While antidepressants work for some, many others find no relief. Read to learn about the therapeutic uses of ketamine for depression.

Ketamine for Addiction: Treatments Offering Hope
New treatments are offering hope to individuals suffering from addiction diseases. Read to learn how ketamine for addiction is providing breakthrough results.

Microdosing Ketamine & Common Dosages Explained
Microdosing, though imperceivable, is showing to have many health benefits–here is everything you want to know about microdosing ketamine.

How to Ease a Ketamine Comedown
Knowing what to expect when you come down from ketamine can help integrate the experience to gain as much value as possible.

How to Store Ketamine: Best Practices
Learn the best ways how to store ketamine, including the proper temperature and conditions to maximize how long ketamine lasts when stored.

How To Buy Ketamine: Is There Legal Ketamine Online?
Learn exactly where it’s legal to buy ketamine, and if it’s possible to purchase legal ketamine on the internet.

How Long Does Ketamine Stay in Your System?
How long does ketamine stay in your system? Are there lasting effects on your body? Read to discover the answers!

How Ketamine is Made: Everything You Need to Know
Ever wonder how to make Ketamine? Read our guide to learn everything you need to know about the procedures of how Ketamine is made.

Colorado on Ketamine: First Responders Waiver Programs
Fallout continues after Elijah McClain. Despite opposing recommendations from some city council, Colorado State Health panel recommends the continued use of ketamine by medics for those demonstrating “excited delirium” or “extreme agitation”.

Types of Ketamine: Learn the Differences & Uses for Each
Learn about the different types of ketamine and what they are used for—and what type might be right for you. Read now to find out!

MDMA / Ecstasy Guides

Kitty Flipping: When Ketamine and Molly Meet
What is it, what does it feel like, and how long does it last? Read to explore the mechanics of kitty flipping.

MDMA & Ecstasy Guide: Effects, Common Uses, Safety
Our ultimate guide to MDMA has everything you want to know about Ecstasy from how it was developed in 1912 to why it’s being studied today.

How To Get the Most out of Taking MDMA as a Couple
Taking MDMA as a couple can lead to exciting experiences. Read here to learn how to get the most of of this love drug in your relationship.

Common MDMA Dosage & Microdosing Explained
Microdosing, though imperceivable, is showing to have many health benefits–here is everything you want to know about microdosing MDMA.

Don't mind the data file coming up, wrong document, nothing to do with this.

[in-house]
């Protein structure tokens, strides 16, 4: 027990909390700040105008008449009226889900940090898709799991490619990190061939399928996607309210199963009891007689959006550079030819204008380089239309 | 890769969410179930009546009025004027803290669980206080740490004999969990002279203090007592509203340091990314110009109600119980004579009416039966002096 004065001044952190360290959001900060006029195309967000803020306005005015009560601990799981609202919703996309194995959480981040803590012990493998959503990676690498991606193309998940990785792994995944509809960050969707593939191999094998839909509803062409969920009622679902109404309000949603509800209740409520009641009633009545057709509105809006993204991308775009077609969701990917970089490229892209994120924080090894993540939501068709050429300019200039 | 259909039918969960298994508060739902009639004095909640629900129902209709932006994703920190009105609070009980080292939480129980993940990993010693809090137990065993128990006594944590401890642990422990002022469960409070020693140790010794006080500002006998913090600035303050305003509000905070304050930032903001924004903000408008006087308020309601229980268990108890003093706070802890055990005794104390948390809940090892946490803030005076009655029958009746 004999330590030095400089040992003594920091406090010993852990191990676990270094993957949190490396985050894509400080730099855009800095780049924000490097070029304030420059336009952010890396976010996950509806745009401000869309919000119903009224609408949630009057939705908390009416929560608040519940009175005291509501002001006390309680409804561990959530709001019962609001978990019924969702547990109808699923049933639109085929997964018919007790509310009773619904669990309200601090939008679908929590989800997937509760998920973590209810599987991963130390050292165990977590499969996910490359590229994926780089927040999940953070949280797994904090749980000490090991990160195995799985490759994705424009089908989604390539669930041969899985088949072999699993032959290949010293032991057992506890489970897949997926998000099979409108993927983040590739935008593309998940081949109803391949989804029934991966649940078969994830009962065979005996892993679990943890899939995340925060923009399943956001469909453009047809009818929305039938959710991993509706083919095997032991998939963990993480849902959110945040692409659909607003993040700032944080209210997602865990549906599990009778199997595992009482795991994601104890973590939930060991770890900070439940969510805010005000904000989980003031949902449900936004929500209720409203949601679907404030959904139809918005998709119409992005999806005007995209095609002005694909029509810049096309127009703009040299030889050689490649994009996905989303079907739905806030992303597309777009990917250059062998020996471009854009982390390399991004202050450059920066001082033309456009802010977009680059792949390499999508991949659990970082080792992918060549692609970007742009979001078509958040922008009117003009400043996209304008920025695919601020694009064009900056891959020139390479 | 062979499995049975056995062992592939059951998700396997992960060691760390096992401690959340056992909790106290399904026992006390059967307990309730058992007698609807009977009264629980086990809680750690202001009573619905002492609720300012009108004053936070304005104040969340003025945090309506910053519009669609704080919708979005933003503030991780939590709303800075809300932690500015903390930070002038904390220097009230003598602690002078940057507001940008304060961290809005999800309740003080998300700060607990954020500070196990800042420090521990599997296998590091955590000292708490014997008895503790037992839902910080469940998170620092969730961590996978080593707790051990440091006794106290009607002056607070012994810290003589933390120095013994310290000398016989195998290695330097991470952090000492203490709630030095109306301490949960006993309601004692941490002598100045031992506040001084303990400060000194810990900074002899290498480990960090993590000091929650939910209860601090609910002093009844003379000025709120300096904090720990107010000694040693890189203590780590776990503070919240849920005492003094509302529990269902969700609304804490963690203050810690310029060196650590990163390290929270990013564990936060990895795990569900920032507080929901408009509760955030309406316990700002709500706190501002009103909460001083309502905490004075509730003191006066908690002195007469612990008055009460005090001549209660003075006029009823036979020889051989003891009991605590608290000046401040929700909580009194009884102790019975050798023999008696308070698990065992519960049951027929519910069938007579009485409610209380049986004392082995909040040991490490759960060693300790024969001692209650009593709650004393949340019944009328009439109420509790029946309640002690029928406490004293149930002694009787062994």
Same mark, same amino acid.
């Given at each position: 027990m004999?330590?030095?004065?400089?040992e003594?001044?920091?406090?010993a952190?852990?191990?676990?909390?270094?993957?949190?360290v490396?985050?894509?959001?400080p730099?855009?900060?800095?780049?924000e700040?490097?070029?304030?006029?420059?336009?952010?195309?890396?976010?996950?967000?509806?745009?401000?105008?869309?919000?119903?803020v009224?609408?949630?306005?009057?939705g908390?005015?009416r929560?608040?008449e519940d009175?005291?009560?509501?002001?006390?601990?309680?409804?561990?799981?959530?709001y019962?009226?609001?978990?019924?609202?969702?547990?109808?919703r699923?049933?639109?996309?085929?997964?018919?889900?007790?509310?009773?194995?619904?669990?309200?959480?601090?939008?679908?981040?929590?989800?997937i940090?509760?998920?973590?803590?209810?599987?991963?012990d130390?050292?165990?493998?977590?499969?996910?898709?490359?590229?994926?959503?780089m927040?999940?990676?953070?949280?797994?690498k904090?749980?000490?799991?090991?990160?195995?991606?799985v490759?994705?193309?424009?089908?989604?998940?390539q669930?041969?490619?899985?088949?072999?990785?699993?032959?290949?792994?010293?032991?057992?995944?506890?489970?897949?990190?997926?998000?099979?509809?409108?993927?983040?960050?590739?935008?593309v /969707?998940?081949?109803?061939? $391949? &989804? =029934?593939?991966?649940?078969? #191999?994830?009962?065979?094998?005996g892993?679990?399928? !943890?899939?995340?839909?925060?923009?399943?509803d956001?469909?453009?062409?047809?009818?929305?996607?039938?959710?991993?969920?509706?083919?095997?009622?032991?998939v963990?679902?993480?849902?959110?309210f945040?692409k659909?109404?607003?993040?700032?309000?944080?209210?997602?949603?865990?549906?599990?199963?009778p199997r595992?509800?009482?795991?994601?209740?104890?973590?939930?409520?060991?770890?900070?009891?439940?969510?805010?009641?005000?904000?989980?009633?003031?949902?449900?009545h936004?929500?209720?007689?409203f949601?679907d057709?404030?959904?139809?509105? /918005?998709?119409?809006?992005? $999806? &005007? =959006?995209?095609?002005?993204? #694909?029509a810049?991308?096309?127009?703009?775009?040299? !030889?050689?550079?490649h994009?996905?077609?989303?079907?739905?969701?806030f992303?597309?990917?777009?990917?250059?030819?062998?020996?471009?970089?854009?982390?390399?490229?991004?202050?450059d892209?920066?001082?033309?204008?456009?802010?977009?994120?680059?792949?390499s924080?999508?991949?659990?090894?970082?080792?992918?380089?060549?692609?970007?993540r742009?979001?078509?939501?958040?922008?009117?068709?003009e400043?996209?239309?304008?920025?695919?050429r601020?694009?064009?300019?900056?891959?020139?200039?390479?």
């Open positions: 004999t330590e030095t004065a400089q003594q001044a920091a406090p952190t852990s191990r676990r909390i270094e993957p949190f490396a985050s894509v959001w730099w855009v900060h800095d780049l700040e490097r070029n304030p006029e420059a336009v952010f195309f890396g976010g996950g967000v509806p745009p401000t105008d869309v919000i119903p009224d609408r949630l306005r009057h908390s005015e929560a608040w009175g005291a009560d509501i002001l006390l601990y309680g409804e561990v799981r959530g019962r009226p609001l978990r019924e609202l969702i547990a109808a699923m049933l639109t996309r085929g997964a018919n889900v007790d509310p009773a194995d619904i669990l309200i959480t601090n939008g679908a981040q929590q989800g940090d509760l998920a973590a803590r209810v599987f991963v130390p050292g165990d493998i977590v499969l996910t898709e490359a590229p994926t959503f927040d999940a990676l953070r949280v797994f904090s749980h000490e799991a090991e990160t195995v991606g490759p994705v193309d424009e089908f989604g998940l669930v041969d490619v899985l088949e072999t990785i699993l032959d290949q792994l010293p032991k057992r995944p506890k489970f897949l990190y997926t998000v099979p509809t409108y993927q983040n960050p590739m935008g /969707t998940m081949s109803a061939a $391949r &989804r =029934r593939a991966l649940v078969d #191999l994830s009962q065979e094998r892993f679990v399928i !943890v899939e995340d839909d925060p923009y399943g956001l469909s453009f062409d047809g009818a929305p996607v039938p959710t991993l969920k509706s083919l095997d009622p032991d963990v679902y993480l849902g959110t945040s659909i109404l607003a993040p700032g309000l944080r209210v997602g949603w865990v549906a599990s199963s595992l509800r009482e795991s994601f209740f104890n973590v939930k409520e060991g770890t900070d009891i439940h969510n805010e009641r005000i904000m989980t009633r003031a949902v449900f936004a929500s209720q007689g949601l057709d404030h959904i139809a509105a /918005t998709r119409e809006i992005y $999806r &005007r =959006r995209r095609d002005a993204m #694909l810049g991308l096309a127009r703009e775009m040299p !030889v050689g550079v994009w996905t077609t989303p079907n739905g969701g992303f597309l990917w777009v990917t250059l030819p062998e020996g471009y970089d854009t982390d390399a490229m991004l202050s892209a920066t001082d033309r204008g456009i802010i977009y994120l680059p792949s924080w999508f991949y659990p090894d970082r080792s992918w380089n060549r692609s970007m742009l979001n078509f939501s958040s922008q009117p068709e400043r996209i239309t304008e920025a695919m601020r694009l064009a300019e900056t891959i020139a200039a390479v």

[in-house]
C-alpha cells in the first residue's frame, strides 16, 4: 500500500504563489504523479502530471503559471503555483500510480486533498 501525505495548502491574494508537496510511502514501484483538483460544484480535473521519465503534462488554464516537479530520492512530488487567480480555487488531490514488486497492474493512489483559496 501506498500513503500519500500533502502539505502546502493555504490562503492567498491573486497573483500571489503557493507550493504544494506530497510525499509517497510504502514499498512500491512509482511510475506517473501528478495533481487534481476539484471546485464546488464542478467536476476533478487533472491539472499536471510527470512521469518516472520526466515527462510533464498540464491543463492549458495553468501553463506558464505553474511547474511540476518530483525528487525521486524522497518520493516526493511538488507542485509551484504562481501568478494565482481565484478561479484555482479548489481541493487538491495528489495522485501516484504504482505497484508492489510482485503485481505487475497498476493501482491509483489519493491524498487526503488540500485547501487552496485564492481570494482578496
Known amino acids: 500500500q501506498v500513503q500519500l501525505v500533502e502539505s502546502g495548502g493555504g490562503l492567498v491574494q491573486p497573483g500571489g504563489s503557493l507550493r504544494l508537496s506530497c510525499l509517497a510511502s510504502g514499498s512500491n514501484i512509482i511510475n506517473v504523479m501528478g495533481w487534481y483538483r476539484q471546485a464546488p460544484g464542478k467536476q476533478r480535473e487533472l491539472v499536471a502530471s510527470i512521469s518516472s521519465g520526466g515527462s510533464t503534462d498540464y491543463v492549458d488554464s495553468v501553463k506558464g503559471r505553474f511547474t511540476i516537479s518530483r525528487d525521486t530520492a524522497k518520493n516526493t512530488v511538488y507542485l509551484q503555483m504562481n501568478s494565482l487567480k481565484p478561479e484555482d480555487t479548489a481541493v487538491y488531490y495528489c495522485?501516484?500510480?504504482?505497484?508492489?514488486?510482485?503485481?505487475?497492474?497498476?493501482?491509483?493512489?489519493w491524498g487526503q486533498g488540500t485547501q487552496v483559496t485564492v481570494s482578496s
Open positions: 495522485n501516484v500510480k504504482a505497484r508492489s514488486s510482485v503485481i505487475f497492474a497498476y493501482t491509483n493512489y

Having Sex on MDMA: What You Need to Know
MDMA is known as the love drug… Read our guide to learn all about sex on MDMA and why it is beginning to makes its way into couple’s therapy.

How MDMA is Made: Common Procedures Explained
Ever wonder how to make MDMA? Read our guide to learn everything you need to know about the procedures of how MDMA is made.

Hippie Flipping: When Shrooms and Molly Meet
What is it, what does it feel like, and how long does it last? Explore the mechanics of hippie flipping and how to safely experiment.

Cocaine Guides

How Cocaine is Made: Common Procedures Explained
Ever wonder how to make cocaine? Read our guide to learn everything you need to know about the procedures of how cocaine is made.

A Christmas Sweater with Santa and Cocaine
This week, Walmart came under fire for a “Let it Snow” Christmas sweater depicting Santa with lines of cocaine. Columbia is not merry about it.

Ultimate Cocaine Guide: Effects, Common Uses, Safety
This guide covers what you need to know about Cocaine, including common effects and uses, legality, safety precautions and top trends today.

NEWS: An FDA-Approved Cocaine Nasal Spray
The FDA approved a cocaine nasal spray called Numbrino, which has raised suspicions that the pharmaceutical company, Lannett Company Inc., paid off the FDA..

Cannabis Guides

The Ultimate Guide to Cannabis Bioavailability
What is bioavailability and how can it affect the overall efficacy of a psychedelic substance? Read to learn more.

Cannabis Research Explains Sociability Behaviors
New research by Dr. Giovanni Marsicano shows social behavioral changes occur as a result of less energy available to the neurons. Read here to learn more.

The Cannabis Shaman
If recreational and medical use of marijuana is becoming accepted, can the spiritual use as well? Experiential journalist Rak Razam interviews Hamilton Souther, founder of the 420 Cannabis Shamanism movement…

Cannabis Guide: Effects, Common Uses, Safety
Our ultimate guide to Cannabis has everything you want to know about this popular substances that has psychedelic properties.

Cannabis and Ayahuasca: Mixing Entheogenic Plants
Cannabis and Ayahuasca: most people believe they shouldn’t be mixed. Read this personal experience peppered with thoughts from a procannabis Peruvian Shaman.

CBD-Rich Cannabis Versus Single-Molecule CBD
A ground-breaking study has documented the superior therapeutic properties of whole plant Cannabis extract as compared to synthetic cannabidiol (CBD), challenging the medical-industrial complex’s notion that “crude” botanical preparations are less effective than single-molecule compounds.

Cannabis Has Always Been a Medicine
Modern science has already confirmed the efficacy of cannabis for most uses described in the ancient medical texts, but prohibitionists still claim that medical cannabis is “just a ruse.”